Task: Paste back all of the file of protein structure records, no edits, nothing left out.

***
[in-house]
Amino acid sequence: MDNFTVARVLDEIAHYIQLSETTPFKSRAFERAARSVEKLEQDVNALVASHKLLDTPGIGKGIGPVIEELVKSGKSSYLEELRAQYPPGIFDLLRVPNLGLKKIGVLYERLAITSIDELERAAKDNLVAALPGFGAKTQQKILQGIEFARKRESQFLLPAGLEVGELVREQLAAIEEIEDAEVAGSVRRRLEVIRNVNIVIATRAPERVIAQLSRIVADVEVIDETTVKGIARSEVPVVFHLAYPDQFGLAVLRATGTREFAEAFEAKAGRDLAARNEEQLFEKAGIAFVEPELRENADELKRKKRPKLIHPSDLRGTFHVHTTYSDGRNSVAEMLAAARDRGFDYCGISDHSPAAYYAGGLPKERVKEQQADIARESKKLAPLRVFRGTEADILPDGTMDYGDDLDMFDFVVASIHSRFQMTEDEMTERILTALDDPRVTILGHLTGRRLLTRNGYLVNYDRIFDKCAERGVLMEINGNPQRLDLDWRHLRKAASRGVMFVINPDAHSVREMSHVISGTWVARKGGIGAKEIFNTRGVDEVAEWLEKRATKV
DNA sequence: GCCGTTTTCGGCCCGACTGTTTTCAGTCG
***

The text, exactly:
[in-house]
Amino acid sequence: MDNFTVARVLDEIAHYIQLSETTPFKSRAFERAARSVEKLEQDVNALVASHKLLDTPGIGKGIGPVIEELVKSGKSSYLEELRAQYPPGIFDLLRVPNLGLKKIGVLYERLAITSIDELERAAKDNLVAALPGFGAKTQQKILQGIEFARKRESQFLLPAGLEVGELVREQLAAIEEIEDAEVAGSVRRRLEVIRNVNIVIATRAPERVIAQLSRIVADVEVIDETTVKGIARSEVPVVFHLAYPDQFGLAVLRATGTREFAEAFEAKAGRDLAARNEEQLFEKAGIAFVEPELRENADELKRKKRPKLIHPSDLRGTFHVHTTYSDGRNSVAEMLAAARDRGFDYCGISDHSPAAYYAGGLPKERVKEQQADIARESKKLAPLRVFRGTEADILPDGTMDYGDDLDMFDFVVASIHSRFQMTEDEMTERILTALDDPRVTILGHLTGRRLLTRNGYLVNYDRIFDKCAERGVLMEINGNPQRLDLDWRHLRKAASRGVMFVINPDAHSVREMSHVISGTWVARKGGIGAKEIFNTRGVDEVAEWLEKRATKV
DNA sequence: GCCGTTTTCGGCCCGACTGTTTTCAGTCG